Frank McGarvey's daughter says he 'died in pain' after 'forgotten cancer' diagnosis

The Celtic and St Mirren legend passed away on New Year's Day last year from pancreatic cancer.

Frank McGarvey’s daughter calls for pancreatic cancer awareness after dad ‘died in pain’ SNS Group

The daughter of Scottish football legend Frank McGarvey is raising awareness of the “forgotten cancer” her father was diagnosed with.

The former Celtic and St Mirren hero died of pancreatic cancer aged 66 on January 1, 2023.

His daughter, Jenny Kane, ahead of what would have been his 68th birthday on Sunday, March 17, has teamed up with Pancreatic Cancer Action Scotland to raise awareness of the disease.

The former Scotland cap began feeling unwell in spring 2022 with chest pains that radiated through to his back, but he dismissed this as linked to a knock he had received from a car door.

His daughter said the form of cancer feels like a “forgotten” one, and that her dad “died in pain”.

She said: “Dad went to the doctors five or six times in spring 2022 and was misdiagnosed.

“One night he phoned 999 as he was experiencing chest pain. I was repeatedly calling and emailing his GP surgery to try and get some answers.” 

He was sent for a chest X-ray in September 2022, but nothing was found as his weight loss continued, and his family became very concerned.  

The former Scotland cap began feeling unwell in spring 2022, said his daughter Jenny.Supplied

She added: “Dad never saw the same doctor consistently. He saw different locums and part-time GPs, so no-one was tracking how ill he was getting.

“As a former footballer, dad had a high pain threshold, but he was in agony.

“The doctors were giving him painkillers and indigestion medication which weren’t helping. It felt like no one was looking at the bigger picture and tracking how much weight he was losing.” 

He received a referral for a CT scan and, once completed, received a call from the doctor to inform him that he had pancreatic cancer. 

Jenny added: “I had never heard of pancreatic cancer before, but I knew deep down there was something that wasn’t right.

“I wish I had seen one of the posts on Pancreatic Cancer Action Scotland’s social media channels listing the symptoms. I think I would have made the connection and thought of pancreatic cancer.

“It took six weeks after his diagnosis before the doctors even started talking to dad about treatment.

“Pancreatic cancer feels like the forgotten cancer.

“My dad died in pain. No-one should have to go through that suffering.” 

After Frank received the diagnosis of pancreatic cancer, he was given a prescription of painkillers.Supplied

After Frank received the diagnosis of pancreatic cancer, he was given a prescription of painkillers.

He was hopeful he would receive chemotherapy and try to fight the cancer but unfortunately the doctors told him things had changed and he could no longer be offered chemotherapy. 

Jenny added: “After he got the diagnosis of pancreatic cancer, we received no information of what lay ahead.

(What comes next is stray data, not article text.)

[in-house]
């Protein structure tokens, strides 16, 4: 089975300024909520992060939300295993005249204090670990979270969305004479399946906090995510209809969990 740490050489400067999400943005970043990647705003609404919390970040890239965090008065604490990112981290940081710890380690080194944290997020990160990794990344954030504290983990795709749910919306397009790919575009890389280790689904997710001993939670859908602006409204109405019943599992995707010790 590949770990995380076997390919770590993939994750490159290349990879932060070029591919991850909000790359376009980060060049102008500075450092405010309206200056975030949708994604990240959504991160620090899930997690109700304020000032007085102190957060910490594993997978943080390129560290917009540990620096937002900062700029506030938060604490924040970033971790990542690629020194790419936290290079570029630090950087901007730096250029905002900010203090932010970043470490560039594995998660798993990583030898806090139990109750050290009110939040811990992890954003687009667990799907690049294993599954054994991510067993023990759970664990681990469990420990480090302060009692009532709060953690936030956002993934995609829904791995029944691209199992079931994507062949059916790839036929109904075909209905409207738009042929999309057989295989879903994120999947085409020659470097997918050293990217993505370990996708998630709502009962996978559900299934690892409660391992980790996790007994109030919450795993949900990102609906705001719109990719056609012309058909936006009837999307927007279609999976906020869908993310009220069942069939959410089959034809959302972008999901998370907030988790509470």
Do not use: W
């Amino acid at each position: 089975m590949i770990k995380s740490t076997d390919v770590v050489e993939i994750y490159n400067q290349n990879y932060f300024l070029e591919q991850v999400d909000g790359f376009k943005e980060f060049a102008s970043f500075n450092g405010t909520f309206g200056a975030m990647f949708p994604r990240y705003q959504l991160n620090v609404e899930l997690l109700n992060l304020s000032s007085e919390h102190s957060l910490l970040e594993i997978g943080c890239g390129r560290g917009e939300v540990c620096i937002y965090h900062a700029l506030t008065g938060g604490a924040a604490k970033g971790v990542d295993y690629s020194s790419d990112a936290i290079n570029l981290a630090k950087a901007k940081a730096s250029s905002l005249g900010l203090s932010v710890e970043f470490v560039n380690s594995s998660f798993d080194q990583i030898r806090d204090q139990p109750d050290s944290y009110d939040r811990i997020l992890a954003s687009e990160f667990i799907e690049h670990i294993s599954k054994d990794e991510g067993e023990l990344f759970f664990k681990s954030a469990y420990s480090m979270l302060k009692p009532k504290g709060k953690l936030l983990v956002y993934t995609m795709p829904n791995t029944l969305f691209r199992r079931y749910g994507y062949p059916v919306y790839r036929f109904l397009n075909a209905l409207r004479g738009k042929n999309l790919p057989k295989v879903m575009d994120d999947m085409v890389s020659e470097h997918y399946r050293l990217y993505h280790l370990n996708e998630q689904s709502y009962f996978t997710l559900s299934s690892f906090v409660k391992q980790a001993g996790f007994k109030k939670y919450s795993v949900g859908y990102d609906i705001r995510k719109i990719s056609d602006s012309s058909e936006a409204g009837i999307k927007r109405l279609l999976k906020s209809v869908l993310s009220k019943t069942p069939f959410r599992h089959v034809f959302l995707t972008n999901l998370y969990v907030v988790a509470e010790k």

“The decision not to offer chemotherapy seemed so unfair as my dad wanted treatment. He wanted to try everything.

“He was in so much pain and maybe if he had got further treatment, it might have eased his pain. I feel people like my dad should be able to make that choice themselves about whether they want chemotherapy.

“It is unfair that he never got to make that decision and it was taken out of his hands. I feel robbed that we weren’t allowed to fight just a wee bit harder.” 

The family began a rota so they could look after him at home 24/7.

The family made the difficult decision to admit him into a hospice before he passed away on the 1st of January 2023, aged 66. 

Jenny added: “Dad has eight grandchildren who miss him so much every day.

The family made the difficult decision to admit him into a hospice before he passed away last year.SNS Group

“My two older daughters, Jessica and Antonia, talk about their papa all the time. I told them he is up in heaven, and they ask me ‘maybe we can get a lift up there to see him?’. 

“To mark what would have been dad’s 68th birthday on Sunday, we are going to have a birthday cake and the kids are going to write messages on balloons and send them up to heaven.

“We are going to pay tribute to dad and how much we all miss him. 

“When dad was diagnosed, he said to me ‘Jenny, we need to tell people about this’. So, as a family we are working with Pancreatic Cancer Action Scotland to help raise awareness of pancreatic cancer.

“What we went through is not normal. It is traumatic. We want to make sure no one else has to go through what our family has.” 

Pancreatic cancer is the deadliest of all common cancers, with a 5-year survival rate of 7.3%.

Each year over 900 people in Scotland are diagnosed with pancreatic cancer and around 26 people die from pancreatic cancer every day in the UK.

Pancreatic Cancer Action Scotland is dedicated to raising awareness of the disease and funding research into early detection and treatment.

To find out more about the charity’s work, visit

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